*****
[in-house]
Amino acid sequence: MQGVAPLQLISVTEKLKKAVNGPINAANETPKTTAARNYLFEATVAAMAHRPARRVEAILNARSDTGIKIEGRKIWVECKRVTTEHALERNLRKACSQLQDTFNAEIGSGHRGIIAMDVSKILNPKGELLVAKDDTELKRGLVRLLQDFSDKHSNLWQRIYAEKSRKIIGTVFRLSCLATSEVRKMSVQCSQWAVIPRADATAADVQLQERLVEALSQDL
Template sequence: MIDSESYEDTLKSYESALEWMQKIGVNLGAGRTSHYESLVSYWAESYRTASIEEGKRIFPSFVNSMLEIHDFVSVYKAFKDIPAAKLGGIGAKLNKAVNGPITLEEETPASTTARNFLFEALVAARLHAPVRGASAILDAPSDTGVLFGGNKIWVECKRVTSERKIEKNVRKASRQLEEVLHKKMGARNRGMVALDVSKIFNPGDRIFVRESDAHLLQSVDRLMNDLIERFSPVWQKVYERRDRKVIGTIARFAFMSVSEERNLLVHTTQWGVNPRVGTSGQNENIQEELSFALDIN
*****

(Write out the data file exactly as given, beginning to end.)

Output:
[in-house]
Amino acid sequence: MQGVAPLQLISVTEKLKKAVNGPINAANETPKTTAARNYLFEATVAAMAHRPARRVEAILNARSDTGIKIEGRKIWVECKRVTTEHALERNLRKACSQLQDTFNAEIGSGHRGIIAMDVSKILNPKGELLVAKDDTELKRGLVRLLQDFSDKHSNLWQRIYAEKSRKIIGTVFRLSCLATSEVRKMSVQCSQWAVIPRADATAADVQLQERLVEALSQDL
Template sequence: MIDSESYEDTLKSYESALEWMQKIGVNLGAGRTSHYESLVSYWAESYRTASIEEGKRIFPSFVNSMLEIHDFVSVYKAFKDIPAAKLGGIGAKLNKAVNGPITLEEETPASTTARNFLFEALVAARLHAPVRGASAILDAPSDTGVLFGGNKIWVECKRVTSERKIEKNVRKASRQLEEVLHKKMGARNRGMVALDVSKIFNPGDRIFVRESDAHLLQSVDRLMNDLIERFSPVWQKVYERRDRKVIGTIARFAFMSVSEERNLLVHTTQWGVNPRVGTSGQNENIQEELSFALDIN